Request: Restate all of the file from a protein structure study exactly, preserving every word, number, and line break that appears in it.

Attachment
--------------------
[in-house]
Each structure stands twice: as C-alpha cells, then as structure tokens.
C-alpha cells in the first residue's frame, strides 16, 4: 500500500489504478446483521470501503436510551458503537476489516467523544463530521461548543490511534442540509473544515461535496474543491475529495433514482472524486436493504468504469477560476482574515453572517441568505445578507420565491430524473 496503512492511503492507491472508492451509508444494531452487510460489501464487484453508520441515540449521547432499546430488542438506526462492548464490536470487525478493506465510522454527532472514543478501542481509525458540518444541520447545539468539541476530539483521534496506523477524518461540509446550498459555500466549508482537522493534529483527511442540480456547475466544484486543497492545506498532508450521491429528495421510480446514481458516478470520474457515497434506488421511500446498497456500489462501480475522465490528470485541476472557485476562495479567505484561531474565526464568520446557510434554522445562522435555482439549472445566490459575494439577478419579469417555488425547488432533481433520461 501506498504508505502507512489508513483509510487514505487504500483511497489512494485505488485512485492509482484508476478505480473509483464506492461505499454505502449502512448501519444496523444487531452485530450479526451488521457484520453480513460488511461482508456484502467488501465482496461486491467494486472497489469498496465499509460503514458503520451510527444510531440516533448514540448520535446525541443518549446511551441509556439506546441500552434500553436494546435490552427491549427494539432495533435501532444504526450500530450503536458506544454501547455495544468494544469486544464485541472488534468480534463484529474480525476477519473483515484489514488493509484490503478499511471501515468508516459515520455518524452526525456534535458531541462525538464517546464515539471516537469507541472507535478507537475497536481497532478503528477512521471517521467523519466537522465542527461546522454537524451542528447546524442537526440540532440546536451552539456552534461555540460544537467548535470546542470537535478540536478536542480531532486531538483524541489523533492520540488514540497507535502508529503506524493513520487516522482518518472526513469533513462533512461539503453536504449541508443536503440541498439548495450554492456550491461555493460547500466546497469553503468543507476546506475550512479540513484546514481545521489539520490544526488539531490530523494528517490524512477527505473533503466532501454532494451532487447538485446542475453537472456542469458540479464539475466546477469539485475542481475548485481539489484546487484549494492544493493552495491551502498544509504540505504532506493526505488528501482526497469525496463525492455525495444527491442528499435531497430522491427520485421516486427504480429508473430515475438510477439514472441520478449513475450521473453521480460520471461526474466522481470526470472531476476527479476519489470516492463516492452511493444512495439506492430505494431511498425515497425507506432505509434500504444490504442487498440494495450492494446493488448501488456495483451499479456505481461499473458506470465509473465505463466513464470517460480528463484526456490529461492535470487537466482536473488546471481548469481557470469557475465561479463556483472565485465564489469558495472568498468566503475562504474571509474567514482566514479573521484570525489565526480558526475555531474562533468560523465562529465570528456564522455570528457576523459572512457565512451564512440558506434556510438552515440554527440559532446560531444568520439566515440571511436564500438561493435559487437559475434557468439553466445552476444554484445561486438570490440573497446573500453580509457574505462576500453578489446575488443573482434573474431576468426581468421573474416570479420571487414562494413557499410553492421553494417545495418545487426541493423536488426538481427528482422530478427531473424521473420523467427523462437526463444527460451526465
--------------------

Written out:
[in-house]
Each structure stands twice: as C-alpha cells, then as structure tokens.
C-alpha cells in the first residue's frame, strides 16, 4: 500500500489504478446483521470501503436510551458503537476489516467523544463530521461548543490511534442540509473544515461535496474543491475529495433514482472524486436493504468504469477560476482574515453572517441568505445578507420565491430524473 496503512492511503492507491472508492451509508444494531452487510460489501464487484453508520441515540449521547432499546430488542438506526462492548464490536470487525478493506465510522454527532472514543478501542481509525458540518444541520447545539468539541476530539483521534496506523477524518461540509446550498459555500466549508482537522493534529483527511442540480456547475466544484486543497492545506498532508450521491429528495421510480446514481458516478470520474457515497434506488421511500446498497456500489462501480475522465490528470485541476472557485476562495479567505484561531474565526464568520446557510434554522445562522435555482439549472445566490459575494439577478419579469417555488425547488432533481433520461 501506498504508505502507512489508513483509510487514505487504500483511497489512494485505488485512485492509482484508476478505480473509483464506492461505499454505502449502512448501519444496523444487531452485530450479526451488521457484520453480513460488511461482508456484502467488501465482496461486491467494486472497489469498496465499509460503514458503520451510527444510531440516533448514540448520535446525541443518549446511551441509556439506546441500552434500553436494546435490552427491549427494539432495533435501532444504526450500530450503536458506544454501547455495544468494544469486544464485541472488534468480534463484529474480525476477519473483515484489514488493509484490503478499511471501515468508516459515520455518524452526525456534535458531541462525538464517546464515539471516537469507541472507535478507537475497536481497532478503528477512521471517521467523519466537522465542527461546522454537524451542528447546524442537526440540532440546536451552539456552534461555540460544537467548535470546542470537535478540536478536542480531532486531538483524541489523533492520540488514540497507535502508529503506524493513520487516522482518518472526513469533513462533512461539503453536504449541508443536503440541498439548495450554492456550491461555493460547500466546497469553503468543507476546506475550512479540513484546514481545521489539520490544526488539531490530523494528517490524512477527505473533503466532501454532494451532487447538485446542475453537472456542469458540479464539475466546477469539485475542481475548485481539489484546487484549494492544493493552495491551502498544509504540505504532506493526505488528501482526497469525496463525492455525495444527491442528499435531497430522491427520485421516486427504480429508473430515475438510477439514472441520478449513475450521473453521480460520471461526474466522481470526470472531476476527479476519489470516492463516492452511493444512495439506492430505494431511498425515497425507506432505509434500504444490504442487498440494495450492494446493488448501488456495483451499479456505481461499473458506470465509473465505463466513464470517460480528463484526456490529461492535470487537466482536473488546471481548469481557470469557475465561479463556483472565485465564489469558495472568498468566503475562504474571509474567514482566514479573521484570525489565526480558526475555531474562533468560523465562529465570528456564522455570528457576523459572512457565512451564512440558506434556510438552515440554527440559532446560531444568520439566515440571511436564500438561493435559487437559475434557468439553466445552476444554484445561486438570490440573497446573500453580509457574505462576500453578489446575488443573482434573474431576468426581468421573474416570479420571487414562494413557499410553492421553494417545495418545487426541493423536488426538481427528482422530478427531473424521473420523467427523462437526463444527460451526465